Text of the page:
Michael Jackson’s Production Company to pay $9.4M in Royalty Damages to Quincy Jones

Jones  v. MJJ Productions Inc. et al., No. BC525803 (Superior Court of the State of Cal. For the Cty. Of L.A.)

Michael Jackson’s production company was ordered to pay producer Quincy Jones more than $9.4 million in royalty damages for his work on “Thriller,” “Bad,” and “Off the Wall.” The jury determined that Jones was shorted after Jackson’s estate had breached contracts but declined to award Jones the full $30 million sought

Spotify Settles Songwriter Royalty Class Action

Ferrick v. Spotify USA Inc. et al., No. 1:16-cv-08412 (S.D.N.Y. May 30, 2017).

Spotify has agreed to pay $43 million to settle two class actions brought by Camper VanBeethoven lead singer David Lowery, and singer-songwriter Melissa Ferrick. The actions claimed that Spotify chose “systemic and willful copyright infringement” by failing to pay proper royalties to thousands of songwriters and their music publishers.

SoundExchange Royalties Case Against Muzak Reinstated By Appellate Court

SoundExchange v. Muzak, No. 16-7041 (D.C. Cir. Apr. 25, 2017).

The D.C. Court of Appeals reversed the dismissal of SoundExchange's complaint against Muzak, which alleges that Muzak underpaid royalties.  SoundExchange is a nonprofit entity charged with the responsibility of collecting royalties for performing artists and copyright owners of music; Muzak is a company that supplies digital music channels to satellite television networks who, in turn, sell to subscribers.  Muzak argued that it was permitted to pay lower, "grandfathered," rates that had been set by a copyright royalties board even after certain corporate changes.  There had been a statutory change in the 1990s as part of the DMCA-compromise, and the case turned on the statutory definition of a "preexisting subscription service."  The Court concluded:

The grandfather provisions were intended to protect prior investments the three business entities had made during a more favorable pre-1998 rate-setting regulatory climate. “Muzak was [a] pioneer music service that incurred both the benefits and risks that came with its investment,” specifically its investment in DishCD. 71 Fed. Reg. at 64,646. But when Muzak expands its operations and provides additional transmissions to subscribers to a different “service,” (i.e., SonicTap), this is an entirely new investment. * * * We conclude, therefore, that the better interpretation of the statute is that the term “service” contemplates a double limitation; both the business and the program offering must qualify before the transmissions are eligible for the favorable rate.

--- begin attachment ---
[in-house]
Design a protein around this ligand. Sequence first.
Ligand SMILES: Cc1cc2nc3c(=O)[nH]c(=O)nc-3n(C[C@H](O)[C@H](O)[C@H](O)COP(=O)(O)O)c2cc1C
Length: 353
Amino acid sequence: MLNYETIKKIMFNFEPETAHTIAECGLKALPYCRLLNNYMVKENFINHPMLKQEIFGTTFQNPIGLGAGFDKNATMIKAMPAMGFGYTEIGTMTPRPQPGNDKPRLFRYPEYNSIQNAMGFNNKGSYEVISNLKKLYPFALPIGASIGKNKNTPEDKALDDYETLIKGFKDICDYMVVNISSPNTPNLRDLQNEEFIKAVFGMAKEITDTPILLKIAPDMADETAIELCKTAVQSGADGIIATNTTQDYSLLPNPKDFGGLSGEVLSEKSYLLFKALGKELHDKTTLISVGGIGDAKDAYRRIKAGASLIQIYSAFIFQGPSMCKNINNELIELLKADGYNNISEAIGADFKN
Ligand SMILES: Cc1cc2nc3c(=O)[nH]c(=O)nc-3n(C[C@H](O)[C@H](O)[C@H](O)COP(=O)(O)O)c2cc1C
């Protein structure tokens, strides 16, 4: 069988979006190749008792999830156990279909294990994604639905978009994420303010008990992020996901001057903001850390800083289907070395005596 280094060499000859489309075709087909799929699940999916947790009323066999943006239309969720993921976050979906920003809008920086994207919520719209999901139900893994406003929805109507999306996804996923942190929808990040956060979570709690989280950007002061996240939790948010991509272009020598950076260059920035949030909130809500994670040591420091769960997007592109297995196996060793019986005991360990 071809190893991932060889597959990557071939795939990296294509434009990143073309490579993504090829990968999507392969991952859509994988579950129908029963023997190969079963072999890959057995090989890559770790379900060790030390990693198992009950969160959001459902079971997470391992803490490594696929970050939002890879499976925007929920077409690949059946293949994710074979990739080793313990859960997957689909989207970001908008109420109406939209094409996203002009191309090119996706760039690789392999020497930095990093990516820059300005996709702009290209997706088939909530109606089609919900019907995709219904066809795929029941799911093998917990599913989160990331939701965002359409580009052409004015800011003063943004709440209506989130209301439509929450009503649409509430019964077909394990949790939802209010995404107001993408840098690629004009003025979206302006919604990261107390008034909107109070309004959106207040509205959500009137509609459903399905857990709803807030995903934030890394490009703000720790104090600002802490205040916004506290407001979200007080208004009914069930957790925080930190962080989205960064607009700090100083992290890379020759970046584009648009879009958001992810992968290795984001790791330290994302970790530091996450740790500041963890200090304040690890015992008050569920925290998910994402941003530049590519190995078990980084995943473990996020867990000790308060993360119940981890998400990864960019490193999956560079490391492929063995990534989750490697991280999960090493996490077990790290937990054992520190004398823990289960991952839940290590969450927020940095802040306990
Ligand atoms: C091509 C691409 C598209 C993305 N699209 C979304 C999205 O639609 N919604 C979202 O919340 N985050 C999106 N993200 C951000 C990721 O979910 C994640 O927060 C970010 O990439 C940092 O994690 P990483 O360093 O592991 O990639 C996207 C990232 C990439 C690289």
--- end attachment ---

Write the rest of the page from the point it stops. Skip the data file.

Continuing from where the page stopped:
Beats, Dre & Iovine May Owe Royalties For More Than First Model Headphone; Question for Jury

Jibe Audio v. Beats Elec., No, B267633 (Cal. App. - 2nd Dist. Sep. 19, 2016).

A California appellate court holds that the headphone company Beats, Dr. Dre and Jimmy Iovine may owe the plaintiff royalties for more than the first headphone model, the Studio model, because the contract at issue (a settlement agreement) was ambiguous and disputes of material fact existed.  Accordingly, summary judgment in favor of the defendants was reversed so that a jury could decide the case.

The case was a question of contract interpretation under California law, and the Court considered extrinsic evidence outside of the 4 corners of the contract.  "The Beats parties and Brunner contend that the Royalty Agreement was only intended to cover one product: the Studio headphone. They argue that the agreement was not intended to cover sales of the entire line of Beats headphones. Lamar, on the other hand, argues that the Royalty Agreement requires Beats to pay a royalty on the sale of every headphone whose design embodies or is a minor or cosmetic modification to the original headphones design."